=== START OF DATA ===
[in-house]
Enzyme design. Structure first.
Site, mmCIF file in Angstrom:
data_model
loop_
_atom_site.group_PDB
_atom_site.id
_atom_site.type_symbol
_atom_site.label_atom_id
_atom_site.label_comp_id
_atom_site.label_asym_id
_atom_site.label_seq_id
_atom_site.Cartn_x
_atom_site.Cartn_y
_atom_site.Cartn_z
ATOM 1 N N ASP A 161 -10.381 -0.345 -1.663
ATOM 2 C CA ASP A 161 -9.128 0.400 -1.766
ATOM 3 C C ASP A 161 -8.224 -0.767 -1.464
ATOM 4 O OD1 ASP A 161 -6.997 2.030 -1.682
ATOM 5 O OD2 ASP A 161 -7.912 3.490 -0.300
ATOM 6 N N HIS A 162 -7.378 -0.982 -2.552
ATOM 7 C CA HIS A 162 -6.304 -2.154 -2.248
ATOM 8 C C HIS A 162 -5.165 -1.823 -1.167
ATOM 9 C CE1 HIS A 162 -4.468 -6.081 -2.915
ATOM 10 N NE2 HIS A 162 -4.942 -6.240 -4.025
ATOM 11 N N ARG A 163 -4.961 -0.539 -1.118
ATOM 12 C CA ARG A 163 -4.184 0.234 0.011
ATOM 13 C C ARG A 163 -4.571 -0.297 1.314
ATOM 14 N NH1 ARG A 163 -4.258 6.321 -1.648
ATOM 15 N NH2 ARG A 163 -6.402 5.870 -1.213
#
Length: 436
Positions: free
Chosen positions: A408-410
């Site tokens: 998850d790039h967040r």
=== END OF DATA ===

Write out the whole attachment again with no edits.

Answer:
[in-house]
Enzyme design. Structure first.
Site, mmCIF file in Angstrom:
data_model
loop_
_atom_site.group_PDB
_atom_site.id
_atom_site.type_symbol
_atom_site.label_atom_id
_atom_site.label_comp_id
_atom_site.label_asym_id
_atom_site.label_seq_id
_atom_site.Cartn_x
_atom_site.Cartn_y
_atom_site.Cartn_z
ATOM 1 N N ASP A 161 -10.381 -0.345 -1.663
ATOM 2 C CA ASP A 161 -9.128 0.400 -1.766
ATOM 3 C C ASP A 161 -8.224 -0.767 -1.464
ATOM 4 O OD1 ASP A 161 -6.997 2.030 -1.682
ATOM 5 O OD2 ASP A 161 -7.912 3.490 -0.300
ATOM 6 N N HIS A 162 -7.378 -0.982 -2.552
ATOM 7 C CA HIS A 162 -6.304 -2.154 -2.248
ATOM 8 C C HIS A 162 -5.165 -1.823 -1.167
ATOM 9 C CE1 HIS A 162 -4.468 -6.081 -2.915
ATOM 10 N NE2 HIS A 162 -4.942 -6.240 -4.025
ATOM 11 N N ARG A 163 -4.961 -0.539 -1.118
ATOM 12 C CA ARG A 163 -4.184 0.234 0.011
ATOM 13 C C ARG A 163 -4.571 -0.297 1.314
ATOM 14 N NH1 ARG A 163 -4.258 6.321 -1.648
ATOM 15 N NH2 ARG A 163 -6.402 5.870 -1.213
#
Length: 436
Positions: free
Chosen positions: A408-410
């Site tokens: 998850d790039h967040r």